Don't Start a Riot

Fourteen years after Bradley Nowell's tragic death, Sublime (With Rome) are back and headed for a town near you

Before the show, Gibson introduced herself to Ramirez. “I was so nervous I didn’t know what to say,” she says. “I was speechless, and he said he wasn’t trying to replace Brad and that the whole reason he was there was because of Brad, that he learned to play guitar because of Brad.” Gibson says she’s glad Ramirez is able to live out his dream of playing Nowell’s music. “I think Rome’s a good kid, and he’s really good at what he does,” she concludes. “It’s definitely bittersweet. It should be Brad, but it can’t be. Should it be Rome? Sure.”

It’s clear that Ramirez’s unbridled enthusiasm for Sublime’s music—and that it’s shared by so many other young fans—has brought a newfound sense of purpose and professionalism to the two surviving members of the band. Both Wilson and Gaugh say they’re humbled by the expense that has been brought to bear to ensure their upcoming tour is a success. “We’ve never had a tour that wasn’t totally fucked, so we’re not used to this,” Wilson says. “A lot of the times we played, we sounded really shitty because of, uh . . . circumstances.”

“People used to come to our shows and stand outside while we played our first song,” Gaugh says, “just to see if we sounded like shit before they went in.”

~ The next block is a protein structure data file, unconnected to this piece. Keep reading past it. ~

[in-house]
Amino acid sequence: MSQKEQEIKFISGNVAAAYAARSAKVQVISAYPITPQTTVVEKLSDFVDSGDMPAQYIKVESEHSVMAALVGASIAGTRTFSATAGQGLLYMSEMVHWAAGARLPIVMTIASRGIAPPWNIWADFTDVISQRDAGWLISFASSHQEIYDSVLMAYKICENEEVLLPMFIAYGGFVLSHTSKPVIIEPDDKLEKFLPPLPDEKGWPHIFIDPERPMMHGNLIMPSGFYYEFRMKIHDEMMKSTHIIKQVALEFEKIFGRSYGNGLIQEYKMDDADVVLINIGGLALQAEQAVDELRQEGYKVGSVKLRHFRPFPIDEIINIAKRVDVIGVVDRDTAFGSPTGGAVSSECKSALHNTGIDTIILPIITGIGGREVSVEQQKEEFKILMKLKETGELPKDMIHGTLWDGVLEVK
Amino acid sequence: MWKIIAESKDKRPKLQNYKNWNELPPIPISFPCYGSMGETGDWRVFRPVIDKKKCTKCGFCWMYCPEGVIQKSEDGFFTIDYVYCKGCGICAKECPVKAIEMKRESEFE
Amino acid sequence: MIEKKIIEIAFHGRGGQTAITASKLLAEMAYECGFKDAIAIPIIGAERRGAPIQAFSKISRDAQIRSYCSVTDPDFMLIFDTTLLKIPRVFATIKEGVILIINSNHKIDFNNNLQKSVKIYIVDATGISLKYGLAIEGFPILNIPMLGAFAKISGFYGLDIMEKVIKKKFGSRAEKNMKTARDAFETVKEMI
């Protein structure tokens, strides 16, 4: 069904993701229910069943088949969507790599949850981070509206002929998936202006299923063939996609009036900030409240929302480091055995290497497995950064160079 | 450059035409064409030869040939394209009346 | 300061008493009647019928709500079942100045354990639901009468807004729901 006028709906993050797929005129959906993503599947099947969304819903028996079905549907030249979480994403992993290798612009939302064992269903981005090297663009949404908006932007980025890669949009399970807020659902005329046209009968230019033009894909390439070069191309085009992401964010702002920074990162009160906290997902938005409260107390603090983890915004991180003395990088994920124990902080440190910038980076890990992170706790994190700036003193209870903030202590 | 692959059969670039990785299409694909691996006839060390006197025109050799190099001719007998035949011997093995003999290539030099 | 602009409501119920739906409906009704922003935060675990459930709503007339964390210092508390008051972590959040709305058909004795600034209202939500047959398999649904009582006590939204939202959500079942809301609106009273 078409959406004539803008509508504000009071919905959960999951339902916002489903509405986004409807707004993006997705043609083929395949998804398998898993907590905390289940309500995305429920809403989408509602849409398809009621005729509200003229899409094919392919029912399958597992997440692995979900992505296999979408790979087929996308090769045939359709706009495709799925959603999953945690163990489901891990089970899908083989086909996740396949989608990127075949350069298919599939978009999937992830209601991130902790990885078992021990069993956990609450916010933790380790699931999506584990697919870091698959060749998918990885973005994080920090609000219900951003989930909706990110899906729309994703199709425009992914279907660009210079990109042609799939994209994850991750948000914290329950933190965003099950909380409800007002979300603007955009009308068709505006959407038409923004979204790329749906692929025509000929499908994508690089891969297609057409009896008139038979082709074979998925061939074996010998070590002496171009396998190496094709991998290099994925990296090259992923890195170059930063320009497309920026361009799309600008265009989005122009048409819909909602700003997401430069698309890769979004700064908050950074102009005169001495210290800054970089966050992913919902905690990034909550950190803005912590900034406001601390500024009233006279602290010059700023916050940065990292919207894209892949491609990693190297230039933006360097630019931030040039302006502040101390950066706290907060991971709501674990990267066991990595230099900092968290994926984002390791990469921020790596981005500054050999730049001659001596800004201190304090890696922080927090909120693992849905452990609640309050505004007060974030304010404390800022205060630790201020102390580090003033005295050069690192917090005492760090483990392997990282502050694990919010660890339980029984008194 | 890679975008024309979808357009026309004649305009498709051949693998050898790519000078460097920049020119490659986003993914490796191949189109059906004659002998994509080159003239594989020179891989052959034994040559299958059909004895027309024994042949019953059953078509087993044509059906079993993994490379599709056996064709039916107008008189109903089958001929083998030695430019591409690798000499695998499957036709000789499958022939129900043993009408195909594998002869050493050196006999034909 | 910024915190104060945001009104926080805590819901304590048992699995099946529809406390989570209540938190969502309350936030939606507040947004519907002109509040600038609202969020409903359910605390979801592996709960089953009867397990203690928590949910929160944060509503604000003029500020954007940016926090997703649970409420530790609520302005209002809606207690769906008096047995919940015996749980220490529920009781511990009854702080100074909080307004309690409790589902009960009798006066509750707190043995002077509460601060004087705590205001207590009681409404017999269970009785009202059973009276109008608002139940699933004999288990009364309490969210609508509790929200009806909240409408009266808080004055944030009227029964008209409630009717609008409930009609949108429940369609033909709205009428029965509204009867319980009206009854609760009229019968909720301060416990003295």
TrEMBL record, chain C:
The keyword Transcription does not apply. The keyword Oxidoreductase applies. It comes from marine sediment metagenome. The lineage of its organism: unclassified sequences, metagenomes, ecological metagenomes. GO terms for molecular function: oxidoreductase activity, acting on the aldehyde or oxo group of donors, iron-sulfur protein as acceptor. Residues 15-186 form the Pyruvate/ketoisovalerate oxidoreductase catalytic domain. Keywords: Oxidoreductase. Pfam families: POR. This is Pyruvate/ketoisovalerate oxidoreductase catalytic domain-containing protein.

John Gilhooley
Bud Gaugh, Rome Ramirez and Eric Wilson prepare for an all-polka album
John Gilhooley
Bud Gaugh, Rome Ramirez and Eric Wilson prepare for an all-polka album

“Or to see if we even showed up,” Wilson says, laughing. “Sometimes a show would be, we’d just take mushrooms and laugh at our equipment, and that was that.”

Ramirez is the first to acknowledge the dilemma he faces in trying to fill Nowell’s shoes. “I’ve had people ask me how it feels to be compared to Brad for the rest of my life or tell me that I’ll never live up to Brad,” he says. “For me, personally, you’re just comparing me to my biggest influence because what got me into playing music was Bradley. You can compare me to him all day long, and I’ll just take it as a compliment. I am the biggest Sublime fan in the world.”

nschou@ocweekly.com

This article appeared in print as "Don’t Start a Riot: Fourteen years after Bradley Nowell’s tragic death, Sublime (With Rome) are back and headed for a town near you."

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